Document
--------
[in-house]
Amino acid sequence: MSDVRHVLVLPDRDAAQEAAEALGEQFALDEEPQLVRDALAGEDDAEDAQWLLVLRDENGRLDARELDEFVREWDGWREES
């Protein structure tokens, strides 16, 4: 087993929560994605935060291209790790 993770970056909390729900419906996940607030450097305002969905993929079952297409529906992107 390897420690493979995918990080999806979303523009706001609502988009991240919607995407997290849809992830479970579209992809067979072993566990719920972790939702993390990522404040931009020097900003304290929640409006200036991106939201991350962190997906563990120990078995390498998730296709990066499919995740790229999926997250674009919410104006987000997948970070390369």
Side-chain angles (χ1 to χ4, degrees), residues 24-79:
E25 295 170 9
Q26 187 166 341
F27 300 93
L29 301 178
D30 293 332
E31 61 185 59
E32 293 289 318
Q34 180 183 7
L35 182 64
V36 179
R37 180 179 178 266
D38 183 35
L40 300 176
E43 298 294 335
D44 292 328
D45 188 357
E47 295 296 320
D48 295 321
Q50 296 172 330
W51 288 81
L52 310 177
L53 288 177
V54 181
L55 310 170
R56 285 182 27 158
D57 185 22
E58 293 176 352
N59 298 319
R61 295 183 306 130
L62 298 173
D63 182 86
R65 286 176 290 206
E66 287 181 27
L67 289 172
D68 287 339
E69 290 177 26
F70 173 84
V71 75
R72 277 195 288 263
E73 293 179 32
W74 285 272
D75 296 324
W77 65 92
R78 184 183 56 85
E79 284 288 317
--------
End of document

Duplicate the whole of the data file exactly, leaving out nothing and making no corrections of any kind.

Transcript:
[in-house]
Amino acid sequence: MSDVRHVLVLPDRDAAQEAAEALGEQFALDEEPQLVRDALAGEDDAEDAQWLLVLRDENGRLDARELDEFVREWDGWREES
């Protein structure tokens, strides 16, 4: 087993929560994605935060291209790790 993770970056909390729900419906996940607030450097305002969905993929079952297409529906992107 390897420690493979995918990080999806979303523009706001609502988009991240919607995407997290849809992830479970579209992809067979072993566990719920972790939702993390990522404040931009020097900003304290929640409006200036991106939201991350962190997906563990120990078995390498998730296709990066499919995740790229999926997250674009919410104006987000997948970070390369």
Side-chain angles (χ1 to χ4, degrees), residues 24-79:
E25 295 170 9
Q26 187 166 341
F27 300 93
L29 301 178
D30 293 332
E31 61 185 59
E32 293 289 318
Q34 180 183 7
L35 182 64
V36 179
R37 180 179 178 266
D38 183 35
L40 300 176
E43 298 294 335
D44 292 328
D45 188 357
E47 295 296 320
D48 295 321
Q50 296 172 330
W51 288 81
L52 310 177
L53 288 177
V54 181
L55 310 170
R56 285 182 27 158
D57 185 22
E58 293 176 352
N59 298 319
R61 295 183 306 130
L62 298 173
D63 182 86
R65 286 176 290 206
E66 287 181 27
L67 289 172
D68 287 339
E69 290 177 26
F70 173 84
V71 75
R72 277 195 288 263
E73 293 179 32
W74 285 272
D75 296 324
W77 65 92
R78 184 183 56 85
E79 284 288 317